Friday, May 4, 2012
Paris Quick View (Number Three)
In Paris, there are many differences between the Right Bank and the Left Bank of the Seine. But there is one thing that is exactly the same: the Bouquinistes. Since the 16th century, used-book sellers have plied their trade in this city, and the accepted practice for doing so became the bookstalls along the Seine. Since 1859, there has been concessions granted by the city of Paris to booksellers in these fixed stalls. Much like the now displaced vegetable and meat sellers with their booths at Les Halles, these traders have their own boxes along a three kilometer stretch of the river, on both sides. Here you will find old leather bound editions of Baudelaire, Rimbaud, Dumas, and Voltaire. In the very same stall you might find paperbacks of Max Brand, Agatha Christie, and Isaac Asimov--all translated into French of course. Some of the editions have been recently published, and are there for the tourists to buy cheaply. Others are editions from the Seventies, Sixties, Fifties, and even earlier decades. Many old editions of Parisian newspapers and magazines can also be found, including French editions of Life, Playboy, Match, and Vogue.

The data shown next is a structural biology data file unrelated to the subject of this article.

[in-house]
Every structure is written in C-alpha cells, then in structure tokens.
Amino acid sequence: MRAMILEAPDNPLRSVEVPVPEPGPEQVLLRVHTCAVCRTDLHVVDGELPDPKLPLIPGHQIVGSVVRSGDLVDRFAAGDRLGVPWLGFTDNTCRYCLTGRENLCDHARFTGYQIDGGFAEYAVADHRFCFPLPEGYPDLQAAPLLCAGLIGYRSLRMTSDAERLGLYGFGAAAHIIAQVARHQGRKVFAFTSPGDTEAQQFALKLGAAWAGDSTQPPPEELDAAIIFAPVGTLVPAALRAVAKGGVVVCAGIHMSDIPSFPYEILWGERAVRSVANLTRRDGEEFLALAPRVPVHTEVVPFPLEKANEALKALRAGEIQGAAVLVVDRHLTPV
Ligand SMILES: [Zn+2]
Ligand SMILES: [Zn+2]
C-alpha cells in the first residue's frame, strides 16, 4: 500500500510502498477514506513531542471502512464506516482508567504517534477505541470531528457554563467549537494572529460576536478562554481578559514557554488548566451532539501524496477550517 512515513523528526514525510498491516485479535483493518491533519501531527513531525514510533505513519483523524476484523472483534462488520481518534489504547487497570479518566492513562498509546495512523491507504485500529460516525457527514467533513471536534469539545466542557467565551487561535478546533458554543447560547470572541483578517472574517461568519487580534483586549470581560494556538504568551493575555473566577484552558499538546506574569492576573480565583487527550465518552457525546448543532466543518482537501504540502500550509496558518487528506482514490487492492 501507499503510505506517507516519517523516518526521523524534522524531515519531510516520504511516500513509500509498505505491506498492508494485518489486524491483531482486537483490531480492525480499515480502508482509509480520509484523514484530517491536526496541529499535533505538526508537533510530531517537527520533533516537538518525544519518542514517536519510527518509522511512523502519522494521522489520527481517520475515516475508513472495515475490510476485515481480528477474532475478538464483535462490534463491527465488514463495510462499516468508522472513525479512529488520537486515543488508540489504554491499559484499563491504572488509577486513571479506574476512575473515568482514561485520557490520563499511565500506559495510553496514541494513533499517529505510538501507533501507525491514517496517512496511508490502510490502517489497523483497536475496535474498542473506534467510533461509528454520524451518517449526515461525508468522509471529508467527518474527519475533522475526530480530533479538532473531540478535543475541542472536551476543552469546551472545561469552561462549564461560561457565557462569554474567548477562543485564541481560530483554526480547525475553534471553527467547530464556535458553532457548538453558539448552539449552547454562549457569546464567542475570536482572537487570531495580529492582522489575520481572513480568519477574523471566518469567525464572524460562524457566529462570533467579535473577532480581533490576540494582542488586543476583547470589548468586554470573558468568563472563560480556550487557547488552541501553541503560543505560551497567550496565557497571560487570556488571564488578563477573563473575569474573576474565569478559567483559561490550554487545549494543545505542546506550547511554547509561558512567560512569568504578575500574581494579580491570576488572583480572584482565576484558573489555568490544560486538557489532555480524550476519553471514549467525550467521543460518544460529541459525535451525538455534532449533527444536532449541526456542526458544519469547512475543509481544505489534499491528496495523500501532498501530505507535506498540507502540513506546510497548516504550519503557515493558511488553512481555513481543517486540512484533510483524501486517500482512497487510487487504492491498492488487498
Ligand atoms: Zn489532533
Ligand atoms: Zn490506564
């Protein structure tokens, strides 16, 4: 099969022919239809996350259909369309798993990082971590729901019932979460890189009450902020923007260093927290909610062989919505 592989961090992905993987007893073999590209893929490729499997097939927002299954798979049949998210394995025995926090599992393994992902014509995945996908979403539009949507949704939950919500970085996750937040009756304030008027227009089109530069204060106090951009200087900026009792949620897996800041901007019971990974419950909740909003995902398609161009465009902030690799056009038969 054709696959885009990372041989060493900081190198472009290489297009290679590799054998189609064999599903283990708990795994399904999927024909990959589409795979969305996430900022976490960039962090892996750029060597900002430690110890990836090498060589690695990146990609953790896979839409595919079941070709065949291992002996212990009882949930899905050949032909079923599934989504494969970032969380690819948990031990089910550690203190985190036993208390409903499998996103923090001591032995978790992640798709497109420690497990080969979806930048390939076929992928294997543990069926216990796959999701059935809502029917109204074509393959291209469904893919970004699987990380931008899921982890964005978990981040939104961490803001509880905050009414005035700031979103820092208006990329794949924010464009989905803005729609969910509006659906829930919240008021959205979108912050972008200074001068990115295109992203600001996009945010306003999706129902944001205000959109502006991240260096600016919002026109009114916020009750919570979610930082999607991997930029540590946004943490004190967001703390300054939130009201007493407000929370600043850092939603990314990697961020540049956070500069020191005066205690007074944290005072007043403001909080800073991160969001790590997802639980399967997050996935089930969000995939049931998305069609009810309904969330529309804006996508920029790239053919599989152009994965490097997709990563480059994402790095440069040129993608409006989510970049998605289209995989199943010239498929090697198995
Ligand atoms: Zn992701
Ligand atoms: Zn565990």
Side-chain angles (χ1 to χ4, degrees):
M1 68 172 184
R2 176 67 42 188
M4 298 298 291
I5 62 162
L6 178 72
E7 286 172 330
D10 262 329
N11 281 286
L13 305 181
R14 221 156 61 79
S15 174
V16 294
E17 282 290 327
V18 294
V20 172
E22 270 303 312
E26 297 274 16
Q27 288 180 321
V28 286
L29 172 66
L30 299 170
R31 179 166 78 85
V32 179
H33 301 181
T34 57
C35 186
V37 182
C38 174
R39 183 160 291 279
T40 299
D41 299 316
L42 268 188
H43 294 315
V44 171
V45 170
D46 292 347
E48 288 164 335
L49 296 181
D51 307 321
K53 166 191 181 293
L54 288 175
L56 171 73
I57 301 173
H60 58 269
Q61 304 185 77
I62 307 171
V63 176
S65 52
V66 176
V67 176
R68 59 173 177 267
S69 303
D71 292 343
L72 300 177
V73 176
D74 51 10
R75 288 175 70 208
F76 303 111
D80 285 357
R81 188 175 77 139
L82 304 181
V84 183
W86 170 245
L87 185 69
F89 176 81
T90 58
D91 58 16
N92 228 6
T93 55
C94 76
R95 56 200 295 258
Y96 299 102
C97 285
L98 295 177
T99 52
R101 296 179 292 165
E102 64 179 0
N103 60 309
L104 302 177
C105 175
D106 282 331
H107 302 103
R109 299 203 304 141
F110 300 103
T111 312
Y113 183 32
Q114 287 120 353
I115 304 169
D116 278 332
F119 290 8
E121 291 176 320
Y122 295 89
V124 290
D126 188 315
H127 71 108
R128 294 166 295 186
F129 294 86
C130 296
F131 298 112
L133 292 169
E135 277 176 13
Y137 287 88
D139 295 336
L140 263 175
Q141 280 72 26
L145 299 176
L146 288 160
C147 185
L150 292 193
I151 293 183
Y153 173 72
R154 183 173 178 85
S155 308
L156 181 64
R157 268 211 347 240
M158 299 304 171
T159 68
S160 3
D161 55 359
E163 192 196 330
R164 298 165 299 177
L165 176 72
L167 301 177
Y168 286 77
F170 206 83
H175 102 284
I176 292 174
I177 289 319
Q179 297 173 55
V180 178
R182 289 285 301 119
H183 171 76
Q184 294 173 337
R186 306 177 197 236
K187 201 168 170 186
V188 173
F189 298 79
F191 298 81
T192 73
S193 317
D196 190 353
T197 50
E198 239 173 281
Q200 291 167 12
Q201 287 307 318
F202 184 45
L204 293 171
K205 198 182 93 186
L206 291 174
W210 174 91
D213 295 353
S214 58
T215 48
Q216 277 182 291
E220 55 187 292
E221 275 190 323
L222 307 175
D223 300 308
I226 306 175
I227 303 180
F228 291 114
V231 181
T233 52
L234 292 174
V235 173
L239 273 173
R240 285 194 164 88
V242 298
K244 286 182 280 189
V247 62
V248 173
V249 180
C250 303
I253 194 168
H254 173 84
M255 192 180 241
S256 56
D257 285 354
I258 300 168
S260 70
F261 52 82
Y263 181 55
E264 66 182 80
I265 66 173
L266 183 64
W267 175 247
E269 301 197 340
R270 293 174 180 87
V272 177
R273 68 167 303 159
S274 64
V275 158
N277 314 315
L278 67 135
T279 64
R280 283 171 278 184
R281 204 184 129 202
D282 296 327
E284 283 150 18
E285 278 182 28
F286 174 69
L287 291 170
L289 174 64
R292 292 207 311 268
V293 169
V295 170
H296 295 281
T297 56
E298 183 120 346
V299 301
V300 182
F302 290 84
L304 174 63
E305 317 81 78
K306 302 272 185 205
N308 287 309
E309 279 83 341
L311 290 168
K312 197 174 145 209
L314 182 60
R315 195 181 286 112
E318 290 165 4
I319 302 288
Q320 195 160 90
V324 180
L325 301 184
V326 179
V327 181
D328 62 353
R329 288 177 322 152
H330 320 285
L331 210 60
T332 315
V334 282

Sadly, my luggage limits were such that I passed up many great books I'd found: a French edition of Marcel Ayme's collection of short stories that included The Man Who Could Walk Through Walls, many more retro sci-fi books, as well as a good number of Zola, Dumas, and Verne works that would have been great to pick up in their original forms. While I don't read French, I'm not above buying a book I can't read. I'm that kind of bookworm. Besides, these looked so alluring, that I believe I might have taken the time to learn to read French if I could have brought a dozen of them back with me.